An open access article recently published in Pathogens discussed "Detection of Neospora caninum Infection in Aborted Equine Fetuses in Israel."
"In horses, Neospora caninum and Neospora hughesi have been associated with fetal loss, and neurological disease, respectively. This study investigated the role of Neospora spp. infection in equine abortion in Israel. The presence of anti-Neospora spp. antibodies was evaluated in 31 aborting mares by indirect fluorescent antibody test (IFAT) and the presence of parasite DNA in their aborted fetuses was evaluated by polymerase chain reaction (PCR), using two target loci (ITS1 and Nc5).
"The seroprevalence found in aborting mares was 70.9% and the prevalence by DNA detection in the aborted fetuses was 41.9%. Transplacental transmission from positive mares to their fetuses was 45.4% (10/22), while 33.3% (3/9) of fetuses of seronegative mares also tested positive for Neospora. The use of two PCR targets improved the sensitivity of parasite detection, and positive samples were identified by sequence analyses as N. caninum.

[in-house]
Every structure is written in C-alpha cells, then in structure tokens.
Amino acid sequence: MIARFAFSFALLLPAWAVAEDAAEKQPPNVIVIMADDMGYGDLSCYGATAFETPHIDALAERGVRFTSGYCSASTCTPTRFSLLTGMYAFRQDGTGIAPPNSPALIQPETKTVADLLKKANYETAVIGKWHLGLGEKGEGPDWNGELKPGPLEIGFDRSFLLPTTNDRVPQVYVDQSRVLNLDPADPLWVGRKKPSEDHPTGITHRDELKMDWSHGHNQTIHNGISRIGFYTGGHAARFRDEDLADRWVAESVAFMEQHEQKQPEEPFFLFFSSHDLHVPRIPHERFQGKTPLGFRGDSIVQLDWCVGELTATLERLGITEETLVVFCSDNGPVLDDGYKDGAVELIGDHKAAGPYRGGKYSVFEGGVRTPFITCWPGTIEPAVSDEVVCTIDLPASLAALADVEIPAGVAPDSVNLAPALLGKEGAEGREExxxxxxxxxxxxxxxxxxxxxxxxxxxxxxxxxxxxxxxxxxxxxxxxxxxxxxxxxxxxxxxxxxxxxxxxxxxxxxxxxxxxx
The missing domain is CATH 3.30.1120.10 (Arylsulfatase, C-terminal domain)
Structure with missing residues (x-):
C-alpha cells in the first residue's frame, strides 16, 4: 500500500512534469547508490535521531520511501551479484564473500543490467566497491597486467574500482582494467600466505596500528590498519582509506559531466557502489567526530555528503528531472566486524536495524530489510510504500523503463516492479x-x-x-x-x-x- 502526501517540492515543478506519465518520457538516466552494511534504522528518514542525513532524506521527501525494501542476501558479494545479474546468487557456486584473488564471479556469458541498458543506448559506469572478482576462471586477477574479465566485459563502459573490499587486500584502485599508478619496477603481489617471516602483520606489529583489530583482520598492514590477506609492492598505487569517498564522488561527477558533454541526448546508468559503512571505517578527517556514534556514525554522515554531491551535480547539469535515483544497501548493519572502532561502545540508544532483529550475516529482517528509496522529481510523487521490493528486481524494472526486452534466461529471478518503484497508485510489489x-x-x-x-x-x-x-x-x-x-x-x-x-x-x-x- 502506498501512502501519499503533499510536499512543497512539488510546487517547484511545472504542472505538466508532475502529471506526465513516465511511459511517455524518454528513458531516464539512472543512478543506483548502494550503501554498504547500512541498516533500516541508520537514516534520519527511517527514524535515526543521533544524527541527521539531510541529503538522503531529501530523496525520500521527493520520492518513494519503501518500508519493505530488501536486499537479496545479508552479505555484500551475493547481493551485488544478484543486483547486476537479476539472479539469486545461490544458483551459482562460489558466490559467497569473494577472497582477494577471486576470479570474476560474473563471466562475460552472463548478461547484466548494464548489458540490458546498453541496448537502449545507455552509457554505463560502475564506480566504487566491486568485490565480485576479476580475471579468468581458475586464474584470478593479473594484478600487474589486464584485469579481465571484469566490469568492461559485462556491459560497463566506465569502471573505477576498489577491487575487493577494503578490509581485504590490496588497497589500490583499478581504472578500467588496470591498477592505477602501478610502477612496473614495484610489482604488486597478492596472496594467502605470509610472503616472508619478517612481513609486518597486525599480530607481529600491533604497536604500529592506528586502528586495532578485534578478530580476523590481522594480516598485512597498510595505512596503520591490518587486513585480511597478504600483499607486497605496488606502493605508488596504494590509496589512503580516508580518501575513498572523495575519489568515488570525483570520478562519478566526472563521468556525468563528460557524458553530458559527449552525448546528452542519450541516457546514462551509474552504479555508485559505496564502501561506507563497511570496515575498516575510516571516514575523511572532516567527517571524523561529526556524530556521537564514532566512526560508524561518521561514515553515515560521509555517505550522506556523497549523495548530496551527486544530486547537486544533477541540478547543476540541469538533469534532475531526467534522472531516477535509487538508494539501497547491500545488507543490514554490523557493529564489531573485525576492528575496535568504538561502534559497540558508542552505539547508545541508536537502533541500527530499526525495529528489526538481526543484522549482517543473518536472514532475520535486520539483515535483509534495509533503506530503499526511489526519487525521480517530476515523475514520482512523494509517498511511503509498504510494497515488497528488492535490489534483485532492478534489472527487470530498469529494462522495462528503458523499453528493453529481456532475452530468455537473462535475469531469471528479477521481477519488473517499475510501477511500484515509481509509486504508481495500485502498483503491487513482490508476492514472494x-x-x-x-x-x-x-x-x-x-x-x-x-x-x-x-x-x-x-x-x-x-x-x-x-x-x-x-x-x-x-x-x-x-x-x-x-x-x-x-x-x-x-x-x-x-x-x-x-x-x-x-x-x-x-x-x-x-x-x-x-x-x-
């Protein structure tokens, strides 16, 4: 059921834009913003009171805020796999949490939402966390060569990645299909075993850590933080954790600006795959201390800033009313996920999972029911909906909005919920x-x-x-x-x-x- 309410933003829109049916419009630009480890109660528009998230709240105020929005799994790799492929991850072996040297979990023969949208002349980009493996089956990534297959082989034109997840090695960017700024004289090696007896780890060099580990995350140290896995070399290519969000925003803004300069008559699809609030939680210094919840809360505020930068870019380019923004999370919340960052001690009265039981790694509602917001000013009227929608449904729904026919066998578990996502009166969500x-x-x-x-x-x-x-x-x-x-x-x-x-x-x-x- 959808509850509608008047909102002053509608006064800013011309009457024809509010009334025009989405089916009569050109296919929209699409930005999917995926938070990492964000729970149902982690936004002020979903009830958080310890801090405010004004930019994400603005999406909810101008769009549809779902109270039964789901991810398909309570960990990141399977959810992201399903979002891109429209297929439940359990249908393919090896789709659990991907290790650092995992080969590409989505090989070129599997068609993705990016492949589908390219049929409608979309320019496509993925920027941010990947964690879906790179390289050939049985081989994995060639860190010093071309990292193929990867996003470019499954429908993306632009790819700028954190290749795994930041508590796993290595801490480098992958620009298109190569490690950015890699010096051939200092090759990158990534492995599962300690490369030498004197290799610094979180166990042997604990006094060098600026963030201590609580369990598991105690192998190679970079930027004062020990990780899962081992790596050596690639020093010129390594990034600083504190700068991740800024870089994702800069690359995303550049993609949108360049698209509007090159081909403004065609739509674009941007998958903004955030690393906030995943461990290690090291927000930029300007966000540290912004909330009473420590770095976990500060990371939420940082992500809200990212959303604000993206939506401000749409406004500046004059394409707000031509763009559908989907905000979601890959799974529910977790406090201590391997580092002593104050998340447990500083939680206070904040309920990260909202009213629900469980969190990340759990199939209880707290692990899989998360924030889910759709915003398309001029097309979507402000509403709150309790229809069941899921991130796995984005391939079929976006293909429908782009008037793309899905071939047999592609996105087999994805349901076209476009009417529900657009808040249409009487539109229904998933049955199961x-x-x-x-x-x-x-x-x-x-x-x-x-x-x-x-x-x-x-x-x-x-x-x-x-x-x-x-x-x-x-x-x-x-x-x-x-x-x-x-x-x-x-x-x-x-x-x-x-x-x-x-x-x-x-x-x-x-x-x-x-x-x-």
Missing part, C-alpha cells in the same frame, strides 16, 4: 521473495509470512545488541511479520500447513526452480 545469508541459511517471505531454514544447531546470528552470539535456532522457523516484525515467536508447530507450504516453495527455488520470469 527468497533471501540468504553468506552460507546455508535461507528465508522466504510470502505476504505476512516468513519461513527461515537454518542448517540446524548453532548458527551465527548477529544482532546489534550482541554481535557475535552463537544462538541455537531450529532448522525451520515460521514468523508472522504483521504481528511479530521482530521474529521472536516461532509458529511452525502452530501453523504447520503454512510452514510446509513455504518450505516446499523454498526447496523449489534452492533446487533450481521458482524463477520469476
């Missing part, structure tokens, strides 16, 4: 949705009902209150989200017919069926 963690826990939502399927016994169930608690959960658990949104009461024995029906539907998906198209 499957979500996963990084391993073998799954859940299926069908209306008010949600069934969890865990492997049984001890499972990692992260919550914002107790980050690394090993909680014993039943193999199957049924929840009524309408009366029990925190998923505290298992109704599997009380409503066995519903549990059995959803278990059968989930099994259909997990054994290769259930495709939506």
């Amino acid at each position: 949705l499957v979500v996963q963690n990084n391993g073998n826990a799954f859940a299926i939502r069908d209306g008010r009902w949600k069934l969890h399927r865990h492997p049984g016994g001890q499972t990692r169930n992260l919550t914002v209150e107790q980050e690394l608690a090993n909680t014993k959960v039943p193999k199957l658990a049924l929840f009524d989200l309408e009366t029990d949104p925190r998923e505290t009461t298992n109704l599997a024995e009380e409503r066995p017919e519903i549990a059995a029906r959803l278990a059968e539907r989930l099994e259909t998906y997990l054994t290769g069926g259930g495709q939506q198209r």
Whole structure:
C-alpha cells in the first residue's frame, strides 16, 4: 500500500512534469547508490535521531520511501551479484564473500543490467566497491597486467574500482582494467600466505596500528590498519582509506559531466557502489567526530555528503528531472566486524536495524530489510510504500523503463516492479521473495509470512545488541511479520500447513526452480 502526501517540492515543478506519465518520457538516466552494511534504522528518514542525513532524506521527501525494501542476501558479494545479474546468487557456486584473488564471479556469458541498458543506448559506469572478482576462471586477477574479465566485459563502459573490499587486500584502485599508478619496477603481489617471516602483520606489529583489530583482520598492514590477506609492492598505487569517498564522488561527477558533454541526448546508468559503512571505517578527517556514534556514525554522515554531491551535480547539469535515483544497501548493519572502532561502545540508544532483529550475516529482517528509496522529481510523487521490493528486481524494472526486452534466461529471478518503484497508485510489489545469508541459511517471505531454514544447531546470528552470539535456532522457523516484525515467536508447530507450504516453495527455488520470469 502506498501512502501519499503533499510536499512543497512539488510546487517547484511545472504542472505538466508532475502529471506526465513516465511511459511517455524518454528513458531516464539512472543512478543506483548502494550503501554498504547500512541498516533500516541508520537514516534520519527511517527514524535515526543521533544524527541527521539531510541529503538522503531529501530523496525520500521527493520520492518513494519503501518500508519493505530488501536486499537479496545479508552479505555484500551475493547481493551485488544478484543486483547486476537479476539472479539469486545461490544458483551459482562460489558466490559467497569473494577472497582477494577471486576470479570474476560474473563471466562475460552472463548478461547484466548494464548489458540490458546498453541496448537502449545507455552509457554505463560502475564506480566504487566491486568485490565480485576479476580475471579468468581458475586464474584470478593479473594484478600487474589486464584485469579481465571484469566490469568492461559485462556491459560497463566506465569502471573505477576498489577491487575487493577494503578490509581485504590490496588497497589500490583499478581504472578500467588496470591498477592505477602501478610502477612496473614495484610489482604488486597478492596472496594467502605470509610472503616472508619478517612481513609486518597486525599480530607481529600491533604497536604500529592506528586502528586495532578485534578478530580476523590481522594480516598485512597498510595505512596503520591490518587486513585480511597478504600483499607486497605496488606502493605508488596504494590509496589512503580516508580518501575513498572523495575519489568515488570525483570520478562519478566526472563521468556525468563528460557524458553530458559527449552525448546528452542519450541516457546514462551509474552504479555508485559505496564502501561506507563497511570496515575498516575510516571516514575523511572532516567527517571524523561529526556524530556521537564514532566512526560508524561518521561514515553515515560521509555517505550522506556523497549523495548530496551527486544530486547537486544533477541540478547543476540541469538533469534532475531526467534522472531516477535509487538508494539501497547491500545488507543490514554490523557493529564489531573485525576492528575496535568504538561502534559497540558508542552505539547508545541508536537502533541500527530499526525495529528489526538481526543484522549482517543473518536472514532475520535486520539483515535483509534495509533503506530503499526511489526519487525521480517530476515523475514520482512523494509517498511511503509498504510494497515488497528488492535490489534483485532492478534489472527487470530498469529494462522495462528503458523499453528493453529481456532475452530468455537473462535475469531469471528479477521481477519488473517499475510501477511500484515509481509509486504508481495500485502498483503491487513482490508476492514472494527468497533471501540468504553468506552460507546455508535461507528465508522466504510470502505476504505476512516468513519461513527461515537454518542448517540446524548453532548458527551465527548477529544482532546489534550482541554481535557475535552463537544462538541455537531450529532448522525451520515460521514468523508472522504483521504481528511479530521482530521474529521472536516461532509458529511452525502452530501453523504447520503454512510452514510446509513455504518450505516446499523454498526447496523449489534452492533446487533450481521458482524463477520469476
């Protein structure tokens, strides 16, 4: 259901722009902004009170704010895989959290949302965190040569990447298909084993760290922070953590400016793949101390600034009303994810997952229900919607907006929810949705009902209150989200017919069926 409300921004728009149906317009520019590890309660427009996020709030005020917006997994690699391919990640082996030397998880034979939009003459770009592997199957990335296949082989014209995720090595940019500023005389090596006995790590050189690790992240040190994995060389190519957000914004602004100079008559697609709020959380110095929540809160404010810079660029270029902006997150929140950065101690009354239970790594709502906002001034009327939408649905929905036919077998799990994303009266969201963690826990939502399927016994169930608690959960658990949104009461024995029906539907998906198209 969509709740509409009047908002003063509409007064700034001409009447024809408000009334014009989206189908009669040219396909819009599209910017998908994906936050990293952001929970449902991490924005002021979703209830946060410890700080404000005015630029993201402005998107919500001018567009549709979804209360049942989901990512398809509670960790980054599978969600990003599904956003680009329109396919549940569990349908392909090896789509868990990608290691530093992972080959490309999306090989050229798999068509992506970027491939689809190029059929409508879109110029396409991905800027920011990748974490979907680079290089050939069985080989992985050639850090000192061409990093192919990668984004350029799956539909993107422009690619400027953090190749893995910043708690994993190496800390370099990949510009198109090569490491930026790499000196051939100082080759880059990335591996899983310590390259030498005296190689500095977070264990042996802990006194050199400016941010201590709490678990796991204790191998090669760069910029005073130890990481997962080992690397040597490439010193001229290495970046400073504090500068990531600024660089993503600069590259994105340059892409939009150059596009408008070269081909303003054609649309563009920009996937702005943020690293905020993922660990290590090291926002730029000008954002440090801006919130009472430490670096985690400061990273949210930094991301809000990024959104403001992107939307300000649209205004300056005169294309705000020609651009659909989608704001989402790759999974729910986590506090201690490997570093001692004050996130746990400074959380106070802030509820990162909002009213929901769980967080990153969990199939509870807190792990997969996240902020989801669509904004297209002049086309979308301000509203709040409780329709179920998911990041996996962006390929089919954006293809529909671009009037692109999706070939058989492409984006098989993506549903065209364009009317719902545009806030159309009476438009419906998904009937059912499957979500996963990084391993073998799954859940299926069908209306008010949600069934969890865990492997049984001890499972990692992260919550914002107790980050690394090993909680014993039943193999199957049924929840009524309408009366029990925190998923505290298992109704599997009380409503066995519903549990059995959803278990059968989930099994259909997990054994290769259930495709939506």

"These finding suggest that N. caninum could be a significant cause of abortion in horses, and that transplacental transmission in horses is an important way of transmission of N. caninum. The results presented here demonstrated the necessity to use several tests concurrently, including serological and molecular assays in order to confirm the involvement of Neospora in mare abortions."
You can download the open access article here.